“Declan Burke is his own genre. The Lammisters dazzles, beguiles and transcends. Virtuoso from start to finish.” – Eoin McNamee “This bourbon-smooth riot of jazz-age excess, high satire and Wodehouse flamboyance is a pitch-perfect bullseye of comic brilliance.” – Irish Independent Books of the Year 2019 “This rapid-fire novel deserves a place on any bookshelf that grants asylum to PG Wodehouse, Flann O’Brien or Kyril Bonfiglioli.” – Eoin Colfer, Guardian Best Books of the Year 2019 “The funniest book of the year.” – Sunday Independent “Declan Burke is one funny bastard. The Lammisters ... conducts a forensic analysis on the anatomy of a story.” – Liz Nugent “Burke’s exuberant prose takes centre stage … He plays with language like a jazz soloist stretching the boundaries of musical theory.” – Totally Dublin “A mega-meta smorgasbord of inventive language ... linguistic verve not just on every page but every line.Irish Times “Above all, The Lammisters gives the impression of a writer enjoying himself. And so, dear reader, should you.” – Sunday Times “A triumph of absurdity, which burlesques the literary canon from Shakespeare, Pope and Austen to Flann O’Brien … The Lammisters is very clever indeed.” – The Guardian

Monday, August 27, 2007

Nobody Move, This Is A Review: The Unquiet by John Connolly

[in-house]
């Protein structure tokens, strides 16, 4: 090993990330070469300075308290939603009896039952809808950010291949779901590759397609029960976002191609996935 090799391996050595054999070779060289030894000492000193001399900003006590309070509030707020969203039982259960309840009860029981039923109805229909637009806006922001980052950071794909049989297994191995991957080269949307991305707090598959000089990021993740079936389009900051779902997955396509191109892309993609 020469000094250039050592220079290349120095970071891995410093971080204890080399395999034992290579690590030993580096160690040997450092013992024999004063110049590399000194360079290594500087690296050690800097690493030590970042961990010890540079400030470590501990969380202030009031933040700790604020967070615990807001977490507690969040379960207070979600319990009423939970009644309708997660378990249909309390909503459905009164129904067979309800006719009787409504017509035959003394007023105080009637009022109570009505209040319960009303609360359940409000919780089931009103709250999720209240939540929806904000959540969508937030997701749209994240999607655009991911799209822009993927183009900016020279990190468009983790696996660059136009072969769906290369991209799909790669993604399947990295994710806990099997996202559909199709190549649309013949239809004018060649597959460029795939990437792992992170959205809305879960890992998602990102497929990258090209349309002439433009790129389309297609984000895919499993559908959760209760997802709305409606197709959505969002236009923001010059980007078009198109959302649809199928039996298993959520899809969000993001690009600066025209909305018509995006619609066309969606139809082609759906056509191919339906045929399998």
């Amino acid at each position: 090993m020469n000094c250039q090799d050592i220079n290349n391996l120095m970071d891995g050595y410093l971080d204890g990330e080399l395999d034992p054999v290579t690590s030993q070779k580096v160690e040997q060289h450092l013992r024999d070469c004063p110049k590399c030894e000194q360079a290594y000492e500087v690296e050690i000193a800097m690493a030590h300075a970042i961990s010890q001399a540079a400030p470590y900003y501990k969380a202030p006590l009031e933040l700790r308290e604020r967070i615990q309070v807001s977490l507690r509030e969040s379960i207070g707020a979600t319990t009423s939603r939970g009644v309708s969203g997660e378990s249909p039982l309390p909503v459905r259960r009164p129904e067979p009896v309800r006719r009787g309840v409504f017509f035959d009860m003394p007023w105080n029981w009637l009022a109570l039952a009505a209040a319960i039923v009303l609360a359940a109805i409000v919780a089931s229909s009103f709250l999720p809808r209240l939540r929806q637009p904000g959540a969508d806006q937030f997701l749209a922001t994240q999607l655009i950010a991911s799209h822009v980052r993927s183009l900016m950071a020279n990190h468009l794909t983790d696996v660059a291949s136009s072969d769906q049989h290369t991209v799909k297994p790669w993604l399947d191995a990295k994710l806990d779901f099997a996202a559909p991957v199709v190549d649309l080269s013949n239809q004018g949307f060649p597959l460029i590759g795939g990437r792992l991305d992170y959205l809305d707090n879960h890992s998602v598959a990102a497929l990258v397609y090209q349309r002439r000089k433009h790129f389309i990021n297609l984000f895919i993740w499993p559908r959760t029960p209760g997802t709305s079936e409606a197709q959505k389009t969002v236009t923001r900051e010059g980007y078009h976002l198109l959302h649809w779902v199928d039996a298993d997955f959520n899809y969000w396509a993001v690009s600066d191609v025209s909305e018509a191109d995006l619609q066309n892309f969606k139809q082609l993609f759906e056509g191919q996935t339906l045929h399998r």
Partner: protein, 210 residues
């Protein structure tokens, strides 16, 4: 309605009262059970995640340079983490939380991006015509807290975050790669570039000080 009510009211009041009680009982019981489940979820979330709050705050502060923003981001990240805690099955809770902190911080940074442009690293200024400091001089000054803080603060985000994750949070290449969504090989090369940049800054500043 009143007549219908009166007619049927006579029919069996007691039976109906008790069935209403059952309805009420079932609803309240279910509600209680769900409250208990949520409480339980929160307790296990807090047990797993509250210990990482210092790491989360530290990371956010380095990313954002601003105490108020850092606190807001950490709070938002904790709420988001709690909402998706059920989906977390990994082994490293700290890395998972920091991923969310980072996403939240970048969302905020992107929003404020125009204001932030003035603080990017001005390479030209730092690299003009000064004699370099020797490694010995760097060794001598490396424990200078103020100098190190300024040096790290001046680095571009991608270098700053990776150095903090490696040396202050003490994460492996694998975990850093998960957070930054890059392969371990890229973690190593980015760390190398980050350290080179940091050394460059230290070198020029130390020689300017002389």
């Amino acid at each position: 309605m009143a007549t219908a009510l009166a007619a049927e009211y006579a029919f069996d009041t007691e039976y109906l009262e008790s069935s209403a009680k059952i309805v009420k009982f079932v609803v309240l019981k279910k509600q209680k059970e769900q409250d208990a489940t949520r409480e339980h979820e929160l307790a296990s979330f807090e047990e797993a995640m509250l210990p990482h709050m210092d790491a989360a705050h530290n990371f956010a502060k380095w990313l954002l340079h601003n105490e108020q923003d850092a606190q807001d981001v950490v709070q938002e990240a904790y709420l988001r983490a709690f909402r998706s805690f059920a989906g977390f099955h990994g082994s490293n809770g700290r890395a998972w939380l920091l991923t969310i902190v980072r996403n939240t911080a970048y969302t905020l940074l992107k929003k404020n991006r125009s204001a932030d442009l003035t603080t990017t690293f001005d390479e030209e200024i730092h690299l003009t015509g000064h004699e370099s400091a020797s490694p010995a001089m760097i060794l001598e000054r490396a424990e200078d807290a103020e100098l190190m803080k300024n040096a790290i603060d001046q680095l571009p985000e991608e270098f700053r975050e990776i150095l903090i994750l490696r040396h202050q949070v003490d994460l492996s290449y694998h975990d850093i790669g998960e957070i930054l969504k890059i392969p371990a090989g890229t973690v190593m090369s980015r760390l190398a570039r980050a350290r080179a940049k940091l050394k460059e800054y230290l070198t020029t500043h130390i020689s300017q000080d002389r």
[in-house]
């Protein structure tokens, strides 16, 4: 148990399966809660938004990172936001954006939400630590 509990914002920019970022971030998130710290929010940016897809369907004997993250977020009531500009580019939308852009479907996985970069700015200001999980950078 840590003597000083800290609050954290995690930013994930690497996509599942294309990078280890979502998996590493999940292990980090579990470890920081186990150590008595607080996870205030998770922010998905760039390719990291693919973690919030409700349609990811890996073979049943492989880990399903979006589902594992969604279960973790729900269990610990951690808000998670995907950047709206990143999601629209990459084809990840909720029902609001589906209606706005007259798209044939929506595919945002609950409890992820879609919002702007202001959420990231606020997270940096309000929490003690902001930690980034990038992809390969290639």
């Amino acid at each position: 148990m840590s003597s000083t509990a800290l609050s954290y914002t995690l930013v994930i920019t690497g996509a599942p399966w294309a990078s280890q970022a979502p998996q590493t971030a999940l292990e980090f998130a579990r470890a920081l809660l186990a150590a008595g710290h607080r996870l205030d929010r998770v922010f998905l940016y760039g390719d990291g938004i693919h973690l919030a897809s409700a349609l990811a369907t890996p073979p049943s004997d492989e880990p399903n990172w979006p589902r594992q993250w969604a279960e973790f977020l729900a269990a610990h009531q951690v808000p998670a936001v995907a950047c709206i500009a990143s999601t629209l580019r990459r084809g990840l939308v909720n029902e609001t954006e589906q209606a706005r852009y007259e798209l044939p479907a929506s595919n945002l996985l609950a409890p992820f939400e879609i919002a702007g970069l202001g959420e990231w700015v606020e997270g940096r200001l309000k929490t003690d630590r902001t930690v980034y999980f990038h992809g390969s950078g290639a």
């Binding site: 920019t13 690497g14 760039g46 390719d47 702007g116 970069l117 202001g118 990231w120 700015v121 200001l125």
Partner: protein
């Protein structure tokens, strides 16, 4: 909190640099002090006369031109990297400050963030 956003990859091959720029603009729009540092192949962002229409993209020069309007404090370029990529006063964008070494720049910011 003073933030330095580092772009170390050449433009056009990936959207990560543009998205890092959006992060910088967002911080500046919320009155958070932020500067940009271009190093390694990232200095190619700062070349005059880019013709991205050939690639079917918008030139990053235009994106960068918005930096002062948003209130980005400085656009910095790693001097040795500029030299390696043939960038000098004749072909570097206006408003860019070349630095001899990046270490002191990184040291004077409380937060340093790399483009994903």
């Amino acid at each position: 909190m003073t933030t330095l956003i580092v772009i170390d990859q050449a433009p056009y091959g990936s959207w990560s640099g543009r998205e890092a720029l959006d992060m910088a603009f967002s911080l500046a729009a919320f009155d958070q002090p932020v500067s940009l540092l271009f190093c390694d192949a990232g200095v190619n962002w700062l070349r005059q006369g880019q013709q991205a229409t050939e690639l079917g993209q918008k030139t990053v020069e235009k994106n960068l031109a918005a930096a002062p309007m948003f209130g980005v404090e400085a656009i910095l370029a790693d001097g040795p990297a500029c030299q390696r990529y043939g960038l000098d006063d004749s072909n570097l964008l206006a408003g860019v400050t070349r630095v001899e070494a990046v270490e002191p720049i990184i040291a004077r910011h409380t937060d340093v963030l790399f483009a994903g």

The Unquiet was my first foray into John Connolly territory, and while it might not be the ideal novel to get started on due to all the extant back history of PI Charlie Parker and his coterie of associates, the plunge was well worth the initial icy splash. With the deaths of his first wife and child haunting him, Parker is called to the Maine home of Rebecca Clay, whose father, Daniel Clay, a child psychiatrist who worked at a centre for abused children, vanished seven years earlier in the midst of a sexual abuse scandal. Several of his patients had, whether by coincidence or not, been victims of an organised child sex abuse ring whilst under his care. The lapse of time since Dr Clay’s disappearance, by suicide, murder or a voluntary change of identity, means that he’s been declared legally dead by his daughter, Rebecca, but she’s being harassed by Merrick the Revenger, a man fresh out of prison who insists that he has unfinished business with Clay and is convinced that Rebecca knows more about his whereabouts than she’d care to admit. Ghosts populate the novel at every turn, on both a literal and allegorical level – Parker’s personal ghosts dog him throughout the investigation; meanwhile, the shadows and wraiths of the case itself and of the society that Parker dissects - the ‘Hollow Men’, as well as the ‘Unquiet’ of the title – hum urgently through the narrative right to its chilling close. A delightfully unsettling read.– Claire Coughlan

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